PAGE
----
PPG Industries’ aerospace coatings group created custom paint colors for British Airways’ dove livery, which is being used on nine Airbus A319 aircraft to celebrate the London 2012 Olympic and Paralympic Games.
PPG Aerospace coatings specialists worked with livery artist Pascal Anson to supply Desothane HS/CA 8000 series topcoats in gold, light grey and white. A two-step gold mica created outlines of feathers, which were accented in white and painted over a light grey fuselage to represent the body and wings of the dove. Gold on the cockpit created the dove’s beak, and gold on the tail created the British Airways Chatham Dockyard Union flag design. Desothane HS/CA 8000/B900A clear topcoat provided a final protective coating.
“All the colors used for the aircraft were bespoke,” said Alex Reid, PPG Aerospace account manager at the North Europe application support center based at the PPG Shildon plant in Northern England.
Anson visited the PPG Shildon coatings manufacturing plant to select colors. “He wanted to design his own gold,” Reid said. “The plane had to be light grey to make it look like a dove, so together we designed a grey and a special gold mica with a unique base color to achieve the desired effect.”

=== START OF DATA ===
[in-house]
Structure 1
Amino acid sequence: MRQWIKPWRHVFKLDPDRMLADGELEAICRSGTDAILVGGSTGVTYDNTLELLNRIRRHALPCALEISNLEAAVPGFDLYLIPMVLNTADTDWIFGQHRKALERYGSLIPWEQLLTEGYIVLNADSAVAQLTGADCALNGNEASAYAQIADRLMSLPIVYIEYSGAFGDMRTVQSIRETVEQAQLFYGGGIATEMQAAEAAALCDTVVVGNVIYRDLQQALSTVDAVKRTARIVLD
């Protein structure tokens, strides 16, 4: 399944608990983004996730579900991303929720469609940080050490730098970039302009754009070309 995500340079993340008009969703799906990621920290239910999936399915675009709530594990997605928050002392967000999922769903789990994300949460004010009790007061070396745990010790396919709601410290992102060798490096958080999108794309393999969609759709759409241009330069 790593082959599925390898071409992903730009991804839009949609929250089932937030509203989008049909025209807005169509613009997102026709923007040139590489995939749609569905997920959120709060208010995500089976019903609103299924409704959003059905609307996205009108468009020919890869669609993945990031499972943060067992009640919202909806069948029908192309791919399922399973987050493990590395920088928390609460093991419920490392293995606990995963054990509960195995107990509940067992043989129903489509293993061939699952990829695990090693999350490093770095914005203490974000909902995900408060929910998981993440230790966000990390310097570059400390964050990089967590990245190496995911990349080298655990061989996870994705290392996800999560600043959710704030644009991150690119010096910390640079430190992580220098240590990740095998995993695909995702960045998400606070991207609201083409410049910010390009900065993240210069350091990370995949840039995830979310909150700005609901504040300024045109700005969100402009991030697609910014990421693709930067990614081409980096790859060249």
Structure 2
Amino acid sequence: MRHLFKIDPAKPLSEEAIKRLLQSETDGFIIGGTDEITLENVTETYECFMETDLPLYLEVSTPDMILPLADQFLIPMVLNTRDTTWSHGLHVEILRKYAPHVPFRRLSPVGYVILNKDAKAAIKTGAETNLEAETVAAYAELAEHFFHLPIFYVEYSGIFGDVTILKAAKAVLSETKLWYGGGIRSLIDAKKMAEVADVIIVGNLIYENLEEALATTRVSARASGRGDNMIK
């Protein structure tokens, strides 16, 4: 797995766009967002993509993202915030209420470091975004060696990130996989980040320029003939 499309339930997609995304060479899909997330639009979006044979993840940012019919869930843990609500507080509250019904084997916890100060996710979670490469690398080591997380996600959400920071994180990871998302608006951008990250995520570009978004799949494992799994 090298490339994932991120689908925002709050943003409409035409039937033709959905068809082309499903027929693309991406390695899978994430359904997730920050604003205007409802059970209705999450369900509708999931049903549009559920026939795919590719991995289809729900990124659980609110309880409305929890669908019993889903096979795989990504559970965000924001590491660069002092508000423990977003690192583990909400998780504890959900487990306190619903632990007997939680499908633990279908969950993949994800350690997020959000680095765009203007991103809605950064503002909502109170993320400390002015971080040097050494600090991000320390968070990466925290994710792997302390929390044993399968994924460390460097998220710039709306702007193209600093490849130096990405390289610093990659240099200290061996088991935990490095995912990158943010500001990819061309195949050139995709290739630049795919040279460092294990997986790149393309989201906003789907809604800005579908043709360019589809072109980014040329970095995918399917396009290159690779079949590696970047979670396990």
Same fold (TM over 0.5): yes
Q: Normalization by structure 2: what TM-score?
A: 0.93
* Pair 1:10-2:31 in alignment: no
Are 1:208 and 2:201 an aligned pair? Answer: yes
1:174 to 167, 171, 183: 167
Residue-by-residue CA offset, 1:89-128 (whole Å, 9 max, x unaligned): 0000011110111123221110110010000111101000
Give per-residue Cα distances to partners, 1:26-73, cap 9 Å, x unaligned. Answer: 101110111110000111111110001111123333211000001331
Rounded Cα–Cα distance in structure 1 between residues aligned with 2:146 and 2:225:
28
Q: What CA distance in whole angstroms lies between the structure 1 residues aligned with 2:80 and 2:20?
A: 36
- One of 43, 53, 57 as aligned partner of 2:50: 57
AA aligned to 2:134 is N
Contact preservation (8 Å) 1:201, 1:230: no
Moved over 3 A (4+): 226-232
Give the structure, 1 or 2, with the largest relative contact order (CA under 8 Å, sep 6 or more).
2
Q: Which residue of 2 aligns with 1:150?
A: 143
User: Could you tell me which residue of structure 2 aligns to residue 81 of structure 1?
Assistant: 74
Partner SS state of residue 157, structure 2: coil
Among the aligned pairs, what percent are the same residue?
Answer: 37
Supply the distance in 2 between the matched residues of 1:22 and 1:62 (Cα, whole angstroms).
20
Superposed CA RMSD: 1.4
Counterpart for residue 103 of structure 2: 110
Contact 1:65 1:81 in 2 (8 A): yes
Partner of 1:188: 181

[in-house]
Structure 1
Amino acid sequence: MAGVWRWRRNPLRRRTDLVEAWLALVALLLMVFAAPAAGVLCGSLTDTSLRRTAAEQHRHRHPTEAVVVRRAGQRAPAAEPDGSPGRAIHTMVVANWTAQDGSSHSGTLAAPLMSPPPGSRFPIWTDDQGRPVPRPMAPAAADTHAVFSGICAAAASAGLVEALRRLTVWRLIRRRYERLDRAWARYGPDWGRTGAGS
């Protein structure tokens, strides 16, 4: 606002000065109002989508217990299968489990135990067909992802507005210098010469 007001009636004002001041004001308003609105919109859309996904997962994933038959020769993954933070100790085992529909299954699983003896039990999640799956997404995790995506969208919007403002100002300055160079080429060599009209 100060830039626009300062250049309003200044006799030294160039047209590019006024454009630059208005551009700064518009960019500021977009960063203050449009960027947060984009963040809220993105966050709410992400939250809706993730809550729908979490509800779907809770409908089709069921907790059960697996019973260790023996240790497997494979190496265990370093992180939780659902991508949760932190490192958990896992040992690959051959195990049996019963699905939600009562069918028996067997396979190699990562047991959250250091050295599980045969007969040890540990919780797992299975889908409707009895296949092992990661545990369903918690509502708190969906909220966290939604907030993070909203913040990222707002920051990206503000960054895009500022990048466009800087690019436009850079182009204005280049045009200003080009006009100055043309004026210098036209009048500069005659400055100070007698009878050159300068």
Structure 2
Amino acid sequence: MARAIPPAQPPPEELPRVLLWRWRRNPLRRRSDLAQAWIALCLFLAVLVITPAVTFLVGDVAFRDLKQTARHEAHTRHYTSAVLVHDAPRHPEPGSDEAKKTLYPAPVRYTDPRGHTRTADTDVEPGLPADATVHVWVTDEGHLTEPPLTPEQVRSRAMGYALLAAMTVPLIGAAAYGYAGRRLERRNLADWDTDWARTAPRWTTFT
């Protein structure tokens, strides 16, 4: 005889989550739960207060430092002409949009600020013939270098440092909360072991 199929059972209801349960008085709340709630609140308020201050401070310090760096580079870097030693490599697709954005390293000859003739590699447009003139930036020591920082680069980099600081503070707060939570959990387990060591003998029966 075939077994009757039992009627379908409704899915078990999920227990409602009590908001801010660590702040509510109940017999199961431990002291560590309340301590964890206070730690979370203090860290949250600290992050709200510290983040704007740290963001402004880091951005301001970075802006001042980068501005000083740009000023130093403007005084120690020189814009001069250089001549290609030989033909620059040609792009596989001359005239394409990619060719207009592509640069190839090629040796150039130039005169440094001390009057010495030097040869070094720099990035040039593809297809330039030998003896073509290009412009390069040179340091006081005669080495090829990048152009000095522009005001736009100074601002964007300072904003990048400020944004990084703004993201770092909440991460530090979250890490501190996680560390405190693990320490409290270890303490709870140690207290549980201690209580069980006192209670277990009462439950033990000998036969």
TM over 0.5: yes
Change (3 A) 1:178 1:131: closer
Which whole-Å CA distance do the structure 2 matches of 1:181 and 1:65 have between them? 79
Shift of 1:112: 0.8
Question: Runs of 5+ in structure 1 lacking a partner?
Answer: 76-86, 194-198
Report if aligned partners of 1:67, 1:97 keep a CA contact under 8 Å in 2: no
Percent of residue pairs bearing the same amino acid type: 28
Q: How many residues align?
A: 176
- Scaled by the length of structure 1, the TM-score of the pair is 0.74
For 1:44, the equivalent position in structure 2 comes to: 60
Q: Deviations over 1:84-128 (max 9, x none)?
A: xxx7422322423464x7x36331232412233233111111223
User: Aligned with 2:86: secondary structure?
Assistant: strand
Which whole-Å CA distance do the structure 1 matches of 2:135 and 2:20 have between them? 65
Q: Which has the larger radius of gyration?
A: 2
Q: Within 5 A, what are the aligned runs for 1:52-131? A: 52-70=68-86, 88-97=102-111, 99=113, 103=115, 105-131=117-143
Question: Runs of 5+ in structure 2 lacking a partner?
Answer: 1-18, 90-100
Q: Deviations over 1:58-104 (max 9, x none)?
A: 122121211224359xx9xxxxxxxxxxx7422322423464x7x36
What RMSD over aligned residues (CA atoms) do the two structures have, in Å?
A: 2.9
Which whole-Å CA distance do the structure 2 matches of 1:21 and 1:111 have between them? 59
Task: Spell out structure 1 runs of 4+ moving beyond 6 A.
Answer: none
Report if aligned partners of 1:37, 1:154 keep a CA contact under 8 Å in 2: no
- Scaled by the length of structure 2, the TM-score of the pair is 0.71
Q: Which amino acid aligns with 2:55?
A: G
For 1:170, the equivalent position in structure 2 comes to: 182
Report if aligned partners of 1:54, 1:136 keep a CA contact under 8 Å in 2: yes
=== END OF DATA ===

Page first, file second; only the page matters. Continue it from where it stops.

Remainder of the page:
British Airways made the paint masks. “They have their own graphics shop, so everything was produced in-house,” Reid said. “There was only one drawing of how to paint the plane.”
As British Airways uses PPG’s selectively strippable coatings system on its Airbus fleet, Reid added, the repainting process was simplified. With this system, the topcoat and intermediate coat are designed to be easily removed, and the primer is left intact. The aircraft is washed, and the intermediate coat and topcoat are reapplied. The system typically saves about a day repainting this type of aircraft.
British Airways is the biggest user of PPG’s selectively strippable coatings system for Airbus aircraft, Reid said.
The topcoats for the gold mica were produced at the PPG Aerospace plant at Gonfreville, France, to British Airways’ specification, while the grey and white topcoats were mixed at Shildon.
The first airplane was unveiled live on British television in April.